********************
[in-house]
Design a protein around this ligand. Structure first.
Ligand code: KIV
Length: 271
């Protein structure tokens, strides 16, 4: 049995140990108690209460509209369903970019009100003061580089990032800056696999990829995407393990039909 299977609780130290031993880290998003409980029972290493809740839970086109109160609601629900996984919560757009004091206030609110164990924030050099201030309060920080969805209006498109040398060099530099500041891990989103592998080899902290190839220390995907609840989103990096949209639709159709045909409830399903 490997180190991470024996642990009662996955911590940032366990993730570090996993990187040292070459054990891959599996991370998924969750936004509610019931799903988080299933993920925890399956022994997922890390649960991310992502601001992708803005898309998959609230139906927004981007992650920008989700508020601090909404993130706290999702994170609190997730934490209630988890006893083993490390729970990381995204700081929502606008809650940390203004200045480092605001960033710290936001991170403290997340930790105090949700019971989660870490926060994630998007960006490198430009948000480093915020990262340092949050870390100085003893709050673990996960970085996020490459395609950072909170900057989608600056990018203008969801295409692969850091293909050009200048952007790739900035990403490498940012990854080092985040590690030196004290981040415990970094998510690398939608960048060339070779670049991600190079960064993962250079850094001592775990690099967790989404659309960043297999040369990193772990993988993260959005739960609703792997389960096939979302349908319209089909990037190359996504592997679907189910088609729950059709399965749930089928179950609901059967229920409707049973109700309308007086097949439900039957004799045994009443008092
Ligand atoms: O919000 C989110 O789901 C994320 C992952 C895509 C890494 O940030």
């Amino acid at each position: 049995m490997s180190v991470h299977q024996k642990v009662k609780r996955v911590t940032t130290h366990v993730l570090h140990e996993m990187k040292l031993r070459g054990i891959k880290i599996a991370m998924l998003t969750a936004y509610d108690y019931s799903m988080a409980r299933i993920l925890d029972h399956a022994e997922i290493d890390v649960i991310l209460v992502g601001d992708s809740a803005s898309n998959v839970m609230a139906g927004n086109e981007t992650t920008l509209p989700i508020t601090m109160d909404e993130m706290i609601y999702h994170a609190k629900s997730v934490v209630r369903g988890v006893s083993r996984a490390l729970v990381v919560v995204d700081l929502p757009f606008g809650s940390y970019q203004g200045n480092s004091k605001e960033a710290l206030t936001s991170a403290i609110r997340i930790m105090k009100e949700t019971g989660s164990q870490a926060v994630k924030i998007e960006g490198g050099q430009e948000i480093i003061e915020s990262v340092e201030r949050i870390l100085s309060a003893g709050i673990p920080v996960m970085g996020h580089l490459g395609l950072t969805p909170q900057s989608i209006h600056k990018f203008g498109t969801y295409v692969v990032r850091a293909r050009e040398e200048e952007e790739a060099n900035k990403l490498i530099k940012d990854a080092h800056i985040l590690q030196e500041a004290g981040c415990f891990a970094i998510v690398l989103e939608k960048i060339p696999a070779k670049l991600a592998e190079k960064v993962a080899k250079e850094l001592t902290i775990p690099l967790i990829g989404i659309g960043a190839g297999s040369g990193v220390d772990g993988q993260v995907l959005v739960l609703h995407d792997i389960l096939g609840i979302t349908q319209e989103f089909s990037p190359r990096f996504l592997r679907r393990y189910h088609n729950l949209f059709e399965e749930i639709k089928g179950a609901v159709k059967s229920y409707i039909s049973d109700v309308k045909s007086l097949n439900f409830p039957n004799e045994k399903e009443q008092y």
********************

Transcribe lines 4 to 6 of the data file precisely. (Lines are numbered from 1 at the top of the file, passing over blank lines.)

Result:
Length: 271
């Protein structure tokens, strides 16, 4: 049995140990108690209460509209369903970019009100003061580089990032800056696999990829995407393990039909 299977609780130290031993880290998003409980029972290493809740839970086109109160609601629900996984919560757009004091206030609110164990924030050099201030309060920080969805209006498109040398060099530099500041891990989103592998080899902290190839220390995907609840989103990096949209639709159709045909409830399903 490997180190991470024996642990009662996955911590940032366990993730570090996993990187040292070459054990891959599996991370998924969750936004509610019931799903988080299933993920925890399956022994997922890390649960991310992502601001992708803005898309998959609230139906927004981007992650920008989700508020601090909404993130706290999702994170609190997730934490209630988890006893083993490390729970990381995204700081929502606008809650940390203004200045480092605001960033710290936001991170403290997340930790105090949700019971989660870490926060994630998007960006490198430009948000480093915020990262340092949050870390100085003893709050673990996960970085996020490459395609950072909170900057989608600056990018203008969801295409692969850091293909050009200048952007790739900035990403490498940012990854080092985040590690030196004290981040415990970094998510690398939608960048060339070779670049991600190079960064993962250079850094001592775990690099967790989404659309960043297999040369990193772990993988993260959005739960609703792997389960096939979302349908319209089909990037190359996504592997679907189910088609729950059709399965749930089928179950609901059967229920409707049973109700309308007086097949439900039957004799045994009443008092
Ligand atoms: O919000 C989110 O789901 C994320 C992952 C895509 C890494 O940030």